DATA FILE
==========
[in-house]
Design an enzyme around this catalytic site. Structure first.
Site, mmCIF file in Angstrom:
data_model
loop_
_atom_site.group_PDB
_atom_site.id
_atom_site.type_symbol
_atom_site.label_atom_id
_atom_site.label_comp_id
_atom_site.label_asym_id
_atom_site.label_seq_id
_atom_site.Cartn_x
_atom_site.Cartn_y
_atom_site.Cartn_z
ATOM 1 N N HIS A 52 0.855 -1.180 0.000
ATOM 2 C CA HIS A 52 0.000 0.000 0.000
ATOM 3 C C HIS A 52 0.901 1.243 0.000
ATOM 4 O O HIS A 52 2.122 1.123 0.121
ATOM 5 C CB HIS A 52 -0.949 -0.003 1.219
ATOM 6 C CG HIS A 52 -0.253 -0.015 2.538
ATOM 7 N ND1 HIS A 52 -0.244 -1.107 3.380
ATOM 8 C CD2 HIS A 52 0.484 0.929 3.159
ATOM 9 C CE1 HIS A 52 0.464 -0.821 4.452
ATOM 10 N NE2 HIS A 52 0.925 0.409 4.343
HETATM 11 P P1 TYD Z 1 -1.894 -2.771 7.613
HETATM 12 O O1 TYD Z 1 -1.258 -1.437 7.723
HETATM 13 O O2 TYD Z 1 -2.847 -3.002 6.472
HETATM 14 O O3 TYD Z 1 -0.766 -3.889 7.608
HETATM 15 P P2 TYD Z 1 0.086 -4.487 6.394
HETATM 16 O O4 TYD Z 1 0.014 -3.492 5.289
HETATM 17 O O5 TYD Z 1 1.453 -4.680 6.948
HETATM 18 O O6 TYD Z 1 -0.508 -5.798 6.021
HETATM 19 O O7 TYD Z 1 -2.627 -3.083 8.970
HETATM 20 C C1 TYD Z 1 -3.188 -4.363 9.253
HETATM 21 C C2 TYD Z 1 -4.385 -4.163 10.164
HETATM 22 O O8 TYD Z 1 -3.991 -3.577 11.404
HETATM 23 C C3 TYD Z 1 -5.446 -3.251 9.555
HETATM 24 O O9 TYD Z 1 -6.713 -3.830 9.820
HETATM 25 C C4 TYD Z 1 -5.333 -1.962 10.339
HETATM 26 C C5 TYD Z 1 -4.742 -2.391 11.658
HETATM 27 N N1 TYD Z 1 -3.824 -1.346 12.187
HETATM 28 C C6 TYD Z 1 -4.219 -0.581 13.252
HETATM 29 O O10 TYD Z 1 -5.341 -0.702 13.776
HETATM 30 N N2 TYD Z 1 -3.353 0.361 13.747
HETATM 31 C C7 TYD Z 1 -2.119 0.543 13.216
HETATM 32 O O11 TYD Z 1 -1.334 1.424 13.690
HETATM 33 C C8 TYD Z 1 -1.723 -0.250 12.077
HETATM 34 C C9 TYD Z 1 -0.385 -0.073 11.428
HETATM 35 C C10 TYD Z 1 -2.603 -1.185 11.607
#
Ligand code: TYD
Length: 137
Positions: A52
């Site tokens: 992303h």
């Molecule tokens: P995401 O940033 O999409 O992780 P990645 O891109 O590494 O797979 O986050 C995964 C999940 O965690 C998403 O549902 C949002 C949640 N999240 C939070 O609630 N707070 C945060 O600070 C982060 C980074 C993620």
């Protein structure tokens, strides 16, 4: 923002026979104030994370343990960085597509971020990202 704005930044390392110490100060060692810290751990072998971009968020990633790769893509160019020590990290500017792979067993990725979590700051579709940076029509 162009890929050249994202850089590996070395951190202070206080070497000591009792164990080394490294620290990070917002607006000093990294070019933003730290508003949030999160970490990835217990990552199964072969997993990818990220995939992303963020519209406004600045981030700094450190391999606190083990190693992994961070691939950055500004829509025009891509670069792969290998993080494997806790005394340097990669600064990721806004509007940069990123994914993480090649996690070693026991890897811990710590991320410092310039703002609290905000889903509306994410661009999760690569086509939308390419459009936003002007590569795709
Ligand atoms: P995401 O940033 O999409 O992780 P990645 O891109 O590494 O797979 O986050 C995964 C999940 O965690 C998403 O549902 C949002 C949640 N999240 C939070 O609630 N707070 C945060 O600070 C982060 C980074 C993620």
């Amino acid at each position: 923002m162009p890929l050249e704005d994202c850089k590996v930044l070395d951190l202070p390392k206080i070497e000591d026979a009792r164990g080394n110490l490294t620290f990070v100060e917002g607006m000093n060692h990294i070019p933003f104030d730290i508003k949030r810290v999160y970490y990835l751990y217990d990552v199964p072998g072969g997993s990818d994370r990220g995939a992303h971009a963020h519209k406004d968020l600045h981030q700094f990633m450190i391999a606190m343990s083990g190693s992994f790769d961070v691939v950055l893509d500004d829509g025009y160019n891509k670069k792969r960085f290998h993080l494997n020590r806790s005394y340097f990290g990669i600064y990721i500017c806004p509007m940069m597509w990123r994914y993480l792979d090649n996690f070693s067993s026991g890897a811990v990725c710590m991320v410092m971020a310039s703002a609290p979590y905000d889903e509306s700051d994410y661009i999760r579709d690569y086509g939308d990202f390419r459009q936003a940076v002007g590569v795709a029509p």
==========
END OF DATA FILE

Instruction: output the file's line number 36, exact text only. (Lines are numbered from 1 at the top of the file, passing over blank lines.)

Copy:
HETATM 21 C C2 TYD Z 1 -4.385 -4.163 10.164